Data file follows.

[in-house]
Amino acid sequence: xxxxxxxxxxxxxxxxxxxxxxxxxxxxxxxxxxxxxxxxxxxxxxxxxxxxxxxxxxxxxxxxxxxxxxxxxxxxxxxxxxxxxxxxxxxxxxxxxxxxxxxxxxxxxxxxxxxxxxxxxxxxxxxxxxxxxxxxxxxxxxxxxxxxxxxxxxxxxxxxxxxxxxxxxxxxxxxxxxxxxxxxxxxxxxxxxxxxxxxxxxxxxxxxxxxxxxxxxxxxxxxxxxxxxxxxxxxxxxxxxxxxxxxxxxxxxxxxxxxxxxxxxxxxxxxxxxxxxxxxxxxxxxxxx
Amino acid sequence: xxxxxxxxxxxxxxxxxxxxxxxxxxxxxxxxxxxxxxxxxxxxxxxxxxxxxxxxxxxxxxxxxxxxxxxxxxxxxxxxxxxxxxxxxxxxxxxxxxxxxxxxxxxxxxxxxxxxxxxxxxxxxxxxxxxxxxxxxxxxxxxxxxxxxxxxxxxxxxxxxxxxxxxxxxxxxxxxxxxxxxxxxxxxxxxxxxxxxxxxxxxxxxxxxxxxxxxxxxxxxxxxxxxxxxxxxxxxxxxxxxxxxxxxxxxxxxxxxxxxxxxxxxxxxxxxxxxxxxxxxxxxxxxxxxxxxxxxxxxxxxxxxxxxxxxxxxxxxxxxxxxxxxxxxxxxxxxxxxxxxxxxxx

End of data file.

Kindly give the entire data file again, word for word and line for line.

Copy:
[in-house]
Amino acid sequence: xxxxxxxxxxxxxxxxxxxxxxxxxxxxxxxxxxxxxxxxxxxxxxxxxxxxxxxxxxxxxxxxxxxxxxxxxxxxxxxxxxxxxxxxxxxxxxxxxxxxxxxxxxxxxxxxxxxxxxxxxxxxxxxxxxxxxxxxxxxxxxxxxxxxxxxxxxxxxxxxxxxxxxxxxxxxxxxxxxxxxxxxxxxxxxxxxxxxxxxxxxxxxxxxxxxxxxxxxxxxxxxxxxxxxxxxxxxxxxxxxxxxxxxxxxxxxxxxxxxxxxxxxxxxxxxxxxxxxxxxxxxxxxxxx
Amino acid sequence: xxxxxxxxxxxxxxxxxxxxxxxxxxxxxxxxxxxxxxxxxxxxxxxxxxxxxxxxxxxxxxxxxxxxxxxxxxxxxxxxxxxxxxxxxxxxxxxxxxxxxxxxxxxxxxxxxxxxxxxxxxxxxxxxxxxxxxxxxxxxxxxxxxxxxxxxxxxxxxxxxxxxxxxxxxxxxxxxxxxxxxxxxxxxxxxxxxxxxxxxxxxxxxxxxxxxxxxxxxxxxxxxxxxxxxxxxxxxxxxxxxxxxxxxxxxxxxxxxxxxxxxxxxxxxxxxxxxxxxxxxxxxxxxxxxxxxxxxxxxxxxxxxxxxxxxxxxxxxxxxxxxxxxxxxxxxxxxxxxxxxxxxxx